Cheaper by the Dozen premiered in 1950. Based on the book of the same name, the film starred Clifton Webb and Myrna Loy, the film told the story of the Gilbreth family and their brood of 12 children. Living in Montclair, New Jersey in the early 20th century, parents Frank Sr. and Lillian both work as engineers. Their professional training extends to their home life, as everything is done to maximum efficiency. But this is starting not to sit well with their older daughters, who are eager to stretch their wings outside of the family nest.

There are certain movies from this period that modern audiences go back to again and again because they have a timeless quality to them. In a sense, this movie is timeless, but there are scenes that are definitely showing the film’s age.

Do I recommend it? Maybe. As much as I adore some movies from the ’50s, this film is not one of my favorites.

By the way, the movie was remade in 2003 starring Steve Martin and Bonnie Hunt. It is as bad as one might expect it to be.

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Filed under Books, Movie Review, Movies, Throwback Thursday

A Note For Viagra? I Love It!

I love it when the tables are turned, especially on men who think they can make an arbitrary decision about a woman’s life choices.

In Kentucky, State Legislator Mary Lou Marzian has come up with a new way to turn on the tables on men who want to tell women if they have the right to an abortion or birth control.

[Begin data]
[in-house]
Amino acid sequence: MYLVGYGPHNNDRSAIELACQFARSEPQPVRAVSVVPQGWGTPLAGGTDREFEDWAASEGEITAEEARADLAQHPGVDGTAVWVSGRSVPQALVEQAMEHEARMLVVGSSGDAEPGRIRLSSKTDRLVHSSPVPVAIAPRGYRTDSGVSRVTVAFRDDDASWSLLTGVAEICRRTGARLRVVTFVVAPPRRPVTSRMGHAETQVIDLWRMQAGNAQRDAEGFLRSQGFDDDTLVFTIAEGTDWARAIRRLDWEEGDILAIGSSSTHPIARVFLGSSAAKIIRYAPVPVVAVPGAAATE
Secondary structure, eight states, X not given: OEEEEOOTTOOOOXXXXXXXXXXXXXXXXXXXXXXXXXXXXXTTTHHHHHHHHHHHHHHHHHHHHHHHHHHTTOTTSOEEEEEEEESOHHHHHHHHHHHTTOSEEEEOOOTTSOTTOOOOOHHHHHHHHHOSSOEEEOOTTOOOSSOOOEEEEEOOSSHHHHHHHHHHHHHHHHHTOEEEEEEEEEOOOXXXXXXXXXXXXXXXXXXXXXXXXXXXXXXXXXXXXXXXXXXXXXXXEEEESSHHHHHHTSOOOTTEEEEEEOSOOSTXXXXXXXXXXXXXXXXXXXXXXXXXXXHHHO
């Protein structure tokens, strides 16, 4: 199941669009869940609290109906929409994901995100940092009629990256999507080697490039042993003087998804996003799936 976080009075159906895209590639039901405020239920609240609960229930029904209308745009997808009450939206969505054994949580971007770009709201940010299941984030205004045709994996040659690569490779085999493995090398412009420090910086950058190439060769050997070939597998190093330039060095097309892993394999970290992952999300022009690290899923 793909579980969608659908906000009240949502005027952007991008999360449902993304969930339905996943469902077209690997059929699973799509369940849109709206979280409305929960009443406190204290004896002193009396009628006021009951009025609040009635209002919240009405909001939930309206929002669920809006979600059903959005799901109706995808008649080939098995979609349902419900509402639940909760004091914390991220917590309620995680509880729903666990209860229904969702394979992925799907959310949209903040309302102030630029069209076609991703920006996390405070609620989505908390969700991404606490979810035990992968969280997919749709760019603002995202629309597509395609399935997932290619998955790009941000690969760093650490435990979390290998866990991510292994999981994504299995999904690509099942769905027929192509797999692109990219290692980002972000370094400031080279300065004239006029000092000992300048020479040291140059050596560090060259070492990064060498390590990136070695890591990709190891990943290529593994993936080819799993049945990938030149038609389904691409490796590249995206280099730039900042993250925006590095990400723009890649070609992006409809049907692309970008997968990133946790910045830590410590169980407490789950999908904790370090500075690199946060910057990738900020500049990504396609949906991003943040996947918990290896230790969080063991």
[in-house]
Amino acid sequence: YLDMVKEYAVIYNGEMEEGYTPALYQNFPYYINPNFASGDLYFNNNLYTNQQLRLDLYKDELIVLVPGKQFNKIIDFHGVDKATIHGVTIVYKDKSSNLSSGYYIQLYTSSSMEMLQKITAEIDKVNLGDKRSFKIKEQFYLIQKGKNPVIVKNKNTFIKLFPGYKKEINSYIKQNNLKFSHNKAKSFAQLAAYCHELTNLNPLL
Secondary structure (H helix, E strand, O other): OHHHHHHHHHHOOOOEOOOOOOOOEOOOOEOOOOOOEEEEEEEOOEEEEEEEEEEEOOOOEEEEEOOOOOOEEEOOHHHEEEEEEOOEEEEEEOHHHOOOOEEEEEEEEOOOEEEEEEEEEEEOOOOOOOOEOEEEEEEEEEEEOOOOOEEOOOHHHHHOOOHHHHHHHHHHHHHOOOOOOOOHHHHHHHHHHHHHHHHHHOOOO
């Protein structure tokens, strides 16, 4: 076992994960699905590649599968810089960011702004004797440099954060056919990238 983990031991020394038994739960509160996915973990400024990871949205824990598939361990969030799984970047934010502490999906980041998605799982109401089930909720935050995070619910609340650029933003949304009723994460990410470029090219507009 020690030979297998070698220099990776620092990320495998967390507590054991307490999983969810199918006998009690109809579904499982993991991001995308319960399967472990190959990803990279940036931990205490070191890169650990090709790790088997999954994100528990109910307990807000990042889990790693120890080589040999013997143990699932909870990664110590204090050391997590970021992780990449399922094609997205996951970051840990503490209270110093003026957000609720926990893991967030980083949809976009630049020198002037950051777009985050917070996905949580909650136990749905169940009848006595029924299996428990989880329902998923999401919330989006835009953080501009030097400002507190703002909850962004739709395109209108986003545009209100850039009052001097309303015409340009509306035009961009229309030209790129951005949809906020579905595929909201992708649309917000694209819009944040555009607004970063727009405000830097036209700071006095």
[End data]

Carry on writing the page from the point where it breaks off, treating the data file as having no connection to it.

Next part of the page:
She has proposed a bill that states that if a male needs drugs to deal with erectile dysfunction, he cannot simply receive a prescription and go to the local pharmacy. First, two doctors have to sign off the prescription. Then his wife has to provide written consent and finally, he must swear on a bible that the only person he is using the drugs to have sexual relations with is his spouse. And of course, the cherry on top is that the man must be married.

Only time will tell if the bill is actually written into the law books. Even if it is not, I still relish the thought. Perhaps now these men will think twice about making what could be life changing decisions for women.

 

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Why The Hobby Lobby Supreme Court Ruling Is Wrong